Jesus doesn’t impose himself into our lives; he welcomes us with his brotherly sweetness and warmth. “What can I do for you today Mark?” My friend, life’s a story, stayed tuned for more on This Passing Day.
When I graduated from college over 40 years ago I entered into the full-time working world wet behind the ears. I worked for a publishing company with coworkers, many now gone, who had a lot to do with shaping my personal and professional career in the years since. Now, decades later and the company long gone, I occasionally reflect back on the faces of those with whom I worked closely back then. A number of personalities stand out, some magnetic and others not so much. There was a particular salesman with a very strong personality who had the habit of speaking boldly in near proximity to my face. He frequently violated the free space I claimed around me: my breathing space, a place where I could mumble and not be heard. He wasn’t obnoxious, just quickly in and out of my space and then gone. Then there was Charlie. His real name was Duane, but he preferred Charlie. Charlie never violated my free space. He didn’t speak to you unless you initiated it. Otherwise he was quiet, kindly considerate and always smiling. Charlie, although long gone, has always been on my top ten list of nicest people I’ve known. He was a beautiful person who lived out his life quietly. I liked that.
I remember both men after all of these many years. However, the one spurs no warmth of feeling, while the other makes me smile, longing for just one more visit, one more smile, one more kind word. Frankly, Charlie has always reminded me of how I envision Jesus: simply loving, listening and smiling. When I worked with Charlie I always brought something away with me that seemed good. I walked away feeling good with a smile on my face ready to share with someone else.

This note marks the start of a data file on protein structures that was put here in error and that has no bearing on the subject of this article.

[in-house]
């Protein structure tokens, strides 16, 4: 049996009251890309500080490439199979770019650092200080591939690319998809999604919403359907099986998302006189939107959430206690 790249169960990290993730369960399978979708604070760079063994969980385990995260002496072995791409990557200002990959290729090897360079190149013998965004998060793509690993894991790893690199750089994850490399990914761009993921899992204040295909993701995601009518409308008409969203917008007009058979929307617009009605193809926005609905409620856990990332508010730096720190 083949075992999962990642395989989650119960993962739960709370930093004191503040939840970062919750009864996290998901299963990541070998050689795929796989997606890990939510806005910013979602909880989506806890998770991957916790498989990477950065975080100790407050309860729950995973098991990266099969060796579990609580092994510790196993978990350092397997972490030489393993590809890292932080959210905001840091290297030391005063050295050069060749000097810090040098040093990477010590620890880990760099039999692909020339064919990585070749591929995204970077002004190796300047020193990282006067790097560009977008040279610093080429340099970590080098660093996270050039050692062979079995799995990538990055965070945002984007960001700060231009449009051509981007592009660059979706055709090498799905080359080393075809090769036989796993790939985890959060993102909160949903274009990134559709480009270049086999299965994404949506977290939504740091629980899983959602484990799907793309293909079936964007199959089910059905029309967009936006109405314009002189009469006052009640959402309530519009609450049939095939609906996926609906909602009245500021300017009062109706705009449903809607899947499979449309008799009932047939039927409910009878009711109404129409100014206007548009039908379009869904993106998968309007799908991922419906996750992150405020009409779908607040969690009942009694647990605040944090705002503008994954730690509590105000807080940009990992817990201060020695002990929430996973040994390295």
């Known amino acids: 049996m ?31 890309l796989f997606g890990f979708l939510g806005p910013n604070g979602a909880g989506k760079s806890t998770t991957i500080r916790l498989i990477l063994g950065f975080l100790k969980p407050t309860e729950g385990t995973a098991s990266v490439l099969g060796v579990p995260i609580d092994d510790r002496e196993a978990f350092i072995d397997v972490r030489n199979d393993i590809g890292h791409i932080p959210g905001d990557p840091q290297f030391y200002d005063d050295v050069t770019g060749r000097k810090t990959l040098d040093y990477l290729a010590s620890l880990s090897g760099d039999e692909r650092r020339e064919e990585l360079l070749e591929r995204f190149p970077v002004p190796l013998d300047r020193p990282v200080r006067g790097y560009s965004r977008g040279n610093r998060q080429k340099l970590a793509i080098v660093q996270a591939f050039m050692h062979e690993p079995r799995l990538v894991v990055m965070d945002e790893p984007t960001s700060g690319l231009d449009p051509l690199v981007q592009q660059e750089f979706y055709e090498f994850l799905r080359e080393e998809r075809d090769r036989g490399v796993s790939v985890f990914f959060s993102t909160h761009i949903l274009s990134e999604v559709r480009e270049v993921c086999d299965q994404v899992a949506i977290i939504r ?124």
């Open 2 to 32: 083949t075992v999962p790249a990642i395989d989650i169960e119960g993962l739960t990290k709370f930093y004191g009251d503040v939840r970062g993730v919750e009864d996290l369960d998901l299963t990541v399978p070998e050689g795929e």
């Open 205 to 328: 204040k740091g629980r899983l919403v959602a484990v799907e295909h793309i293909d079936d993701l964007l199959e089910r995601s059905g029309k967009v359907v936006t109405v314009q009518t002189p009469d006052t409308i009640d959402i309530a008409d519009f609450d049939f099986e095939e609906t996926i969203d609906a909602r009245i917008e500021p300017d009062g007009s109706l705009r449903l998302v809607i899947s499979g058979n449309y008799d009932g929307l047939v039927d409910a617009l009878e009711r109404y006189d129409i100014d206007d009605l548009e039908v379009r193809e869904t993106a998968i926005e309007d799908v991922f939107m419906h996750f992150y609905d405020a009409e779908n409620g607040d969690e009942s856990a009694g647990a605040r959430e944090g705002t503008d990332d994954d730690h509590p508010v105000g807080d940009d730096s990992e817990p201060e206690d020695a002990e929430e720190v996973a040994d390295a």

Here’s a thought from John W. McKelvey: “Some has said, ‘If you want your friends to remember you, borrow something from them.’ I want to turn this around and say, if you want to remember your friends, be sure to borrow something from them. Borrow faith, hope, and love. Borrow courage, humility, and integrity. Borrow their Christian examples of the unseen values of the soul. Borrow their confidence in the living God and their loyalty to the triumphant Christ. Then indeed your days will be filled with strength.” (John W. McKelvey, The Treasure Chest, P. 100.)
Charlie had a major influence on my life that continues until this day. When I’m fettered by impatience or overtaken with anger, an image of Charlie working away at his desk, unencumbered by the volume of work laid on him that morning, can go a long way in relieving my stress and anxiety. In that respect Charlie was cathartic, as he could becalm me by his calm and unstress me with his patience. Many has been the day these long years past when I’ve craved a Charlie visit to reclaim his friendly and quiet manner for the moment. Like the lilies of the field that don’t toil or weave, Charlie was beautiful without much effort on his part. He just was. He didn’t read manuals on it or attend workshops. Charlie, as we always said, was just Charlie. In this important respect Jesus is just Jesus. He doesn’t impose himself into our lives; he welcomes us with his brotherly sweetness and warmth. “What can I do for you today Mark?” That’s when he pulls me into his day. Look for friends in your life that are perfectly simple lilies like Charlie. They will grow on you in a way that draws you into Christ–the perfectly simple lily of God’s unbounded field of love.
We pray. Thank you Lord for providing us with a Savior who, although our King, is first and foremost our friend and brother. Forgive us Father when we surround ourselves with friends who don’t reflect Christ in their words, manners and lifestyle. Remind us that we need quiet time with our Savior every day; time that is personal, sweet and ours to hold for the day and share with others. In Jesus name we pray. Amen!
Therefore my friend, Do not worry about tomorrow, for tomorrow will worry for itself; each day has enough trouble of its own. This Passing Day. (Matt 6:34)
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